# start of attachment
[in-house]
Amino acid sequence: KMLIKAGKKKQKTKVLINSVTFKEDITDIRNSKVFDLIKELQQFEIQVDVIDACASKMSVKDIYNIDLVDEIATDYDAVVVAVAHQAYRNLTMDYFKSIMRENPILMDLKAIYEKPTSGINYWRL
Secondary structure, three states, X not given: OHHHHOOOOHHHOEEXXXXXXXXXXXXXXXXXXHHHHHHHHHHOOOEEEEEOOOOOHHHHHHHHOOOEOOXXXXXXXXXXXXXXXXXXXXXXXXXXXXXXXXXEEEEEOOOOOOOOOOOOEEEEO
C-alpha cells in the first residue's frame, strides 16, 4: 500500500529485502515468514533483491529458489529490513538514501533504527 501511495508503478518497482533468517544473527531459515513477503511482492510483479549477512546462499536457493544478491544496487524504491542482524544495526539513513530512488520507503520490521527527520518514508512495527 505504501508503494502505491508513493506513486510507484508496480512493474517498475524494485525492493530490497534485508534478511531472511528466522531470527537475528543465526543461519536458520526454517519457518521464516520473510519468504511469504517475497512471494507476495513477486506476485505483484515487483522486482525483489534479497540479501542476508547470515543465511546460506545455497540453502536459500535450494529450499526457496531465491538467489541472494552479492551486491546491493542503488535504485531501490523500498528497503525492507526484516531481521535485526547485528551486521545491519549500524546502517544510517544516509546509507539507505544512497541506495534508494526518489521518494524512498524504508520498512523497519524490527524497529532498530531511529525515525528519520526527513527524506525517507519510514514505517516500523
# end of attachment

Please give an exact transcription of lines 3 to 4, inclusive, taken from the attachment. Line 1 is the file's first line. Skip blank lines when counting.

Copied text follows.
Secondary structure, three states, X not given: OHHHHOOOOHHHOEEXXXXXXXXXXXXXXXXXXHHHHHHHHHHOOOEEEEEOOOOOHHHHHHHHOOOEOOXXXXXXXXXXXXXXXXXXXXXXXXXXXXXXXXXEEEEEOOOOOOOOOOOOEEEEO
C-alpha cells in the first residue's frame, strides 16, 4: 500500500529485502515468514533483491529458489529490513538514501533504527 501511495508503478518497482533468517544473527531459515513477503511482492510483479549477512546462499536457493544478491544496487524504491542482524544495526539513513530512488520507503520490521527527520518514508512495527 505504501508503494502505491508513493506513486510507484508496480512493474517498475524494485525492493530490497534485508534478511531472511528466522531470527537475528543465526543461519536458520526454517519457518521464516520473510519468504511469504517475497512471494507476495513477486506476485505483484515487483522486482525483489534479497540479501542476508547470515543465511546460506545455497540453502536459500535450494529450499526457496531465491538467489541472494552479492551486491546491493542503488535504485531501490523500498528497503525492507526484516531481521535485526547485528551486521545491519549500524546502517544510517544516509546509507539507505544512497541506495534508494526518489521518494524512498524504508520498512523497519524490527524497529532498530531511529525515525528519520526527513527524506525517507519510514514505517516500523